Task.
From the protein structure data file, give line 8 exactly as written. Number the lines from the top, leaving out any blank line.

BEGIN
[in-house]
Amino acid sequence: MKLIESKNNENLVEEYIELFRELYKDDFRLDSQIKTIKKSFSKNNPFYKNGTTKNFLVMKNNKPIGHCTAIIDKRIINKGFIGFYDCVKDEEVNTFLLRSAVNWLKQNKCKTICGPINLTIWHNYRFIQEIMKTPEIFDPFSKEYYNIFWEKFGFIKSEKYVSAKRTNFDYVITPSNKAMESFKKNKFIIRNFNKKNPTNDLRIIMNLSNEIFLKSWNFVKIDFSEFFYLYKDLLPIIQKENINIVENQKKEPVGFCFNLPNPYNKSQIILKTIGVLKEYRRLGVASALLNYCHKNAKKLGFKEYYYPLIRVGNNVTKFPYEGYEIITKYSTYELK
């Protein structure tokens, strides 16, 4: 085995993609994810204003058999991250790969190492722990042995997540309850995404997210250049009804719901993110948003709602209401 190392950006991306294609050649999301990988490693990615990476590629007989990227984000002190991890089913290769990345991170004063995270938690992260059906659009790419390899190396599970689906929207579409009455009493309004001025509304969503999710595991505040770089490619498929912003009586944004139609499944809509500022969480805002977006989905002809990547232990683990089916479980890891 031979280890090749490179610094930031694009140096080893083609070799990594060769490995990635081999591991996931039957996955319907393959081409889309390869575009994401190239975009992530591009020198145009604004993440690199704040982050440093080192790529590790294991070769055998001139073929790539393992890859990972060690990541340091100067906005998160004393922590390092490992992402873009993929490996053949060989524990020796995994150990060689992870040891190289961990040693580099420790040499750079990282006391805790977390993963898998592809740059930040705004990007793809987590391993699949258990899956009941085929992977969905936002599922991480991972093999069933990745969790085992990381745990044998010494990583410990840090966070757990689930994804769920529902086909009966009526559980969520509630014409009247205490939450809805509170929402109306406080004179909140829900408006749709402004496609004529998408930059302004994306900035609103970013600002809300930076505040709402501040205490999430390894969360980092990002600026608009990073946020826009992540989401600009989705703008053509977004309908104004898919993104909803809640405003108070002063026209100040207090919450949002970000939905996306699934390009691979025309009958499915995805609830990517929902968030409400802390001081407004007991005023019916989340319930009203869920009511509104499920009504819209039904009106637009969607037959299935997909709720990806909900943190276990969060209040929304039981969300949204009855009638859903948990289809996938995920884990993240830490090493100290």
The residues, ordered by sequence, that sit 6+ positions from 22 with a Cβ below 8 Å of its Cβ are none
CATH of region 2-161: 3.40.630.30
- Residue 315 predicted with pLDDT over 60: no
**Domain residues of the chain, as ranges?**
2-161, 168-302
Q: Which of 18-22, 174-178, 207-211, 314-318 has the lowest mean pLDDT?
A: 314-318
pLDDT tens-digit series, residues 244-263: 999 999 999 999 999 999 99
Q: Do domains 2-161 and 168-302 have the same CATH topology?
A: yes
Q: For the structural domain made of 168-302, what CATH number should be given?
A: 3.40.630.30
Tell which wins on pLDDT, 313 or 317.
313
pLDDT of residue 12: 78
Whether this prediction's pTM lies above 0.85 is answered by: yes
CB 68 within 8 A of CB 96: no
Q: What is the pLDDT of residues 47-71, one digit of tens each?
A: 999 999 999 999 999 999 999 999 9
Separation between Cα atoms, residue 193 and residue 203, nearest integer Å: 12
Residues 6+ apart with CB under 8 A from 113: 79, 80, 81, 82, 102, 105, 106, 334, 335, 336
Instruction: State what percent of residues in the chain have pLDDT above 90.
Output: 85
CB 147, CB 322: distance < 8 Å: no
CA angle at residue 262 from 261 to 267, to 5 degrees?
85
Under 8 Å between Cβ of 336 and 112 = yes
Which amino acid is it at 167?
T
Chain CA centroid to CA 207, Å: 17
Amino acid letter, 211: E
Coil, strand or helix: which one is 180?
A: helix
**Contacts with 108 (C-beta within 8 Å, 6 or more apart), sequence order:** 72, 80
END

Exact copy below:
2-161, 168-302